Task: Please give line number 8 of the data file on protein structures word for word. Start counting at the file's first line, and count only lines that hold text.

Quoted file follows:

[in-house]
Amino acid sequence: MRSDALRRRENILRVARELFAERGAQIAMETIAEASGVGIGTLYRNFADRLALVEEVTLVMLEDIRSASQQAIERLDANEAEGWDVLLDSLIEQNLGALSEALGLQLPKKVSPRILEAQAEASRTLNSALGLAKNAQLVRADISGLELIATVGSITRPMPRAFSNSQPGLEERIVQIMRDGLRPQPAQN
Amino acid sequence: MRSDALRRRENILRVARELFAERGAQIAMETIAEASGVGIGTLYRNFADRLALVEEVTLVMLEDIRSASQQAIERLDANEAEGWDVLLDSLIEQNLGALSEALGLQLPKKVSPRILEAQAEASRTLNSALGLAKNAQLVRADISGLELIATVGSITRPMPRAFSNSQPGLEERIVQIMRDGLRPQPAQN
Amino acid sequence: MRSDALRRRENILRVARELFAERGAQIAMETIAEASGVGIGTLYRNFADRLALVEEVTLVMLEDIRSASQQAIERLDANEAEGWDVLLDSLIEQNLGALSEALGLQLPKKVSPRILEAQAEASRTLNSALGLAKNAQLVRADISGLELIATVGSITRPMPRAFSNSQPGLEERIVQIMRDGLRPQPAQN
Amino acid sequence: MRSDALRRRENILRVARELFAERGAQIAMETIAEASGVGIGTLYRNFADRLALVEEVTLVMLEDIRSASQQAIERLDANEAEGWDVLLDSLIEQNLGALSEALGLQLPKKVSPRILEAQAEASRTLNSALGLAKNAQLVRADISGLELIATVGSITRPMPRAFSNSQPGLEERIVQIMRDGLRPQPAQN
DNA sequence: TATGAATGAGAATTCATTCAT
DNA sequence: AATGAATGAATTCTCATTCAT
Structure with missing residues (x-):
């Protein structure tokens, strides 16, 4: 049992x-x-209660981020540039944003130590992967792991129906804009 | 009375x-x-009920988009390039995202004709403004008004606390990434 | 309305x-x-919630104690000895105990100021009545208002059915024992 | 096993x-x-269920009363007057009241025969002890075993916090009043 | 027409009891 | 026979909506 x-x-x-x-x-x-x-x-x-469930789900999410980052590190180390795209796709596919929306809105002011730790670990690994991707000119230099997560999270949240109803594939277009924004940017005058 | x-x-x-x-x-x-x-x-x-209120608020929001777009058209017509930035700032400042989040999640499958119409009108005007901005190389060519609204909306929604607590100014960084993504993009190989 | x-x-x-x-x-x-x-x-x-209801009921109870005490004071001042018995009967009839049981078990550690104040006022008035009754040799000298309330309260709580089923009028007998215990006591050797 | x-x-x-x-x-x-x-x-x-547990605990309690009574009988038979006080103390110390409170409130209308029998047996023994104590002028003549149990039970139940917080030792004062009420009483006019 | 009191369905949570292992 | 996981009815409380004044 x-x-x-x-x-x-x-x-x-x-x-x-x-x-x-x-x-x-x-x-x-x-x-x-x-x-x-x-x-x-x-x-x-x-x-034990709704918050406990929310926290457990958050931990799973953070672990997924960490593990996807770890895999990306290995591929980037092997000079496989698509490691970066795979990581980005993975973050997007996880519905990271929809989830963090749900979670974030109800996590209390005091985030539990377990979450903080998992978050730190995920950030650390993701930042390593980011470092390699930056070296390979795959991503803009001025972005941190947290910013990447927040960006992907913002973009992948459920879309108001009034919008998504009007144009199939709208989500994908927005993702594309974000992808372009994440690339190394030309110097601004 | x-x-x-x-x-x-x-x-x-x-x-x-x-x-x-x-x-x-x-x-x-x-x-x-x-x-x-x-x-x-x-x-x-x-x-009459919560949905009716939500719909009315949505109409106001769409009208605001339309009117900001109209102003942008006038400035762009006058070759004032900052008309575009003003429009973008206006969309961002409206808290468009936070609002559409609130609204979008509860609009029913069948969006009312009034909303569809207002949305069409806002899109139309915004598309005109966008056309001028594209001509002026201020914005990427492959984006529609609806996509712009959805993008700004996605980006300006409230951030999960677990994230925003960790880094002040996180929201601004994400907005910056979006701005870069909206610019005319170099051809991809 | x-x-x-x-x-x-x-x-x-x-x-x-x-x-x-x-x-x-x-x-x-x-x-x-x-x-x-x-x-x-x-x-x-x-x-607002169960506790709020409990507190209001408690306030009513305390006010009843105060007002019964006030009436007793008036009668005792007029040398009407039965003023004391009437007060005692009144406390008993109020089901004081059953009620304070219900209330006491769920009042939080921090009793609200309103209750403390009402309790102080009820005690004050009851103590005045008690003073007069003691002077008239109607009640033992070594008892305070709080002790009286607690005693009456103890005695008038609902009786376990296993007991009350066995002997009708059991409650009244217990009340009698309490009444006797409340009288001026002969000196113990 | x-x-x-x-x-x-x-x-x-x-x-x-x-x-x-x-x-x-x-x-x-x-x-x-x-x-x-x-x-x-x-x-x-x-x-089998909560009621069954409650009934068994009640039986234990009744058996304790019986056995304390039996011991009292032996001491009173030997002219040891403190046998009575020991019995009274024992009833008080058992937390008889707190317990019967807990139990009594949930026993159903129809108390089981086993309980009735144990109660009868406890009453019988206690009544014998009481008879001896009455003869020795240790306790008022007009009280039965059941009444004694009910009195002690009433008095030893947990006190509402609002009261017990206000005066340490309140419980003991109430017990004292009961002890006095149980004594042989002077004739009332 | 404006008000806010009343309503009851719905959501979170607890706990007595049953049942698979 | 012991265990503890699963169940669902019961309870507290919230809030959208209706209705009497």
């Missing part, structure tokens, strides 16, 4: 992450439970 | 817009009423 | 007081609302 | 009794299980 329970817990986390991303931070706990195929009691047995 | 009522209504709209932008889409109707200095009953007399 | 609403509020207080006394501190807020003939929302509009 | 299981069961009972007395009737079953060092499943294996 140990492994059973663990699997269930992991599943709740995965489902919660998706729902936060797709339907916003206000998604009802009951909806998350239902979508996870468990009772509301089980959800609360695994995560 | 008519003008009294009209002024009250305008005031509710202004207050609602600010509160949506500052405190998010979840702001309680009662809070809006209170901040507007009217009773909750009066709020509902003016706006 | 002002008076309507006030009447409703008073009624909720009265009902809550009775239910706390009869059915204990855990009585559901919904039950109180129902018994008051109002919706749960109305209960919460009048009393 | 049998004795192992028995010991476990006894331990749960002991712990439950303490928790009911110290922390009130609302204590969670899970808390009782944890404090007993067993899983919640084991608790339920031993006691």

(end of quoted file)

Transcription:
Structure with missing residues (x-):